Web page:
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Members of the G Protein-Coupled Receptor Kinase Family That Phosphorylate the β2-Adrenergic Receptor Facilitate Sequestration

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Howard Hughes Medical Institute Laboratories and Departments of Cell Biology, Medicine, and Biochemistry, Duke University Medical Center, Durham, North Carolina 27710
Cite this: Biochemistry 1996, 35, 13, 4155–4160
Publication Date (Web):April 2, 1996
https://doi.org/10.1021/bi952961+
Copyright © 1996 American Chemical Society

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    Abstract

    We recently reported that a β2-adrenergic receptor (β2AR) mutant, Y326A, defective in its ability to sequester in response to agonist stimulation was a poor substrate for G protein-coupled receptor kinase (GRK)-mediated phosphorylation; however, its ability to be phosphorylated and sequestered could be restored by overexpressing GRK2 [Ferguson etal. (1995) J.Biol.Chem.270, 24782]. In the present report, we tested the ability of each of the known GRKs (GRK1−6) to phosphorylate and rescue the sequestration of the Y326A mutant in HEK-293 cells. We demonstrate that in addition to GRK2, GRK3−6 can phosphorylate the Y326A mutant and rescue its sequestration; however, GRK1 was totally ineffective in rescuing either the phosphorylation or the sequestration of the mutant receptor. We found that the agonist-dependent rescue of Y326A mutant phosphorylation by GRK2, -3, and -5 was associated with the agonist-dependent rescue of sequestration. In contrast, overexpression of GRK4 and -6 led mainly to agonist-independent phosphorylation of the Y326A mutant accompanied by increased basal receptor sequestration. Our results demonstrate that phosphorylation perse, but not the interaction with a specific GRK, is required to facilitate β2AR sequestration.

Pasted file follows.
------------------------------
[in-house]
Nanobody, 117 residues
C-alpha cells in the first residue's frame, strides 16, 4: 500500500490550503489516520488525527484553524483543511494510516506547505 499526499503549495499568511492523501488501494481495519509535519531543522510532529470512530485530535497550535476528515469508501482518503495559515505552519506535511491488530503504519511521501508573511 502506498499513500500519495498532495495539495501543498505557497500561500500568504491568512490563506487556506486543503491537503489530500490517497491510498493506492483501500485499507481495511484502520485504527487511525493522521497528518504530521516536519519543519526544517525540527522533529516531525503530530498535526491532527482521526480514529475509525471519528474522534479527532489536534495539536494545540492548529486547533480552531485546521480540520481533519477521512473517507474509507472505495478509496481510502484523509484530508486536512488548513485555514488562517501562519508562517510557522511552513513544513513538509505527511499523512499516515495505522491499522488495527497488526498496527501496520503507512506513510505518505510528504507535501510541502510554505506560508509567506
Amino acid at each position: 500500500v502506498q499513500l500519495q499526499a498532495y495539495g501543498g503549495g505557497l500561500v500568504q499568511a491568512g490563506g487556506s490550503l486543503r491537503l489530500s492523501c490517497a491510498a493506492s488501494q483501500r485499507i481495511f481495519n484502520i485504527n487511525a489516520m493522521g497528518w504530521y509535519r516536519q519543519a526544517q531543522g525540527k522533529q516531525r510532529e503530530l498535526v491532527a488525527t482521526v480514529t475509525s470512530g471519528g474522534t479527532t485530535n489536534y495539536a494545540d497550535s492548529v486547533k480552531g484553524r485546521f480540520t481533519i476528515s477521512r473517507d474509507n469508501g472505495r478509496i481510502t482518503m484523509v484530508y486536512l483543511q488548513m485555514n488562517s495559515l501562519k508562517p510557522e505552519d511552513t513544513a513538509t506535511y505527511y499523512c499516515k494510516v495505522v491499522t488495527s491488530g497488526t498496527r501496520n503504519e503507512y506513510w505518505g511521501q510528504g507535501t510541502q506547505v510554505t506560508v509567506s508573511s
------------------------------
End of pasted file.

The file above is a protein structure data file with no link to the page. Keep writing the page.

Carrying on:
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     This work was supported by NIH Grant NS 19576 and by a Bristol Myers Squibb Unrestricted Grant Award to M.G.C. S.S.G.F. is the recipient of a fellowship from The Medical Research Council of Canada. L.S.B. is the recipient of a fellowship from the Howard Hughes Medical Institute.

     Department of Cell Biology, Duke University Medical Center.

    §

     These authors contributed equally to this work.

     Howard Hughes Medical Institute Laboratories.

     Department of Biochemistry, Duke University Medical Center.

    *

     To whom correspondence should be addressed at the Duke University Medical Center, Box 3287, Durham, NC 27710. Telephone:  (919) 684-5433. Fax:  (919) 681-8641.

     Abstract published in Advance ACS Abstracts, March 15, 1996.

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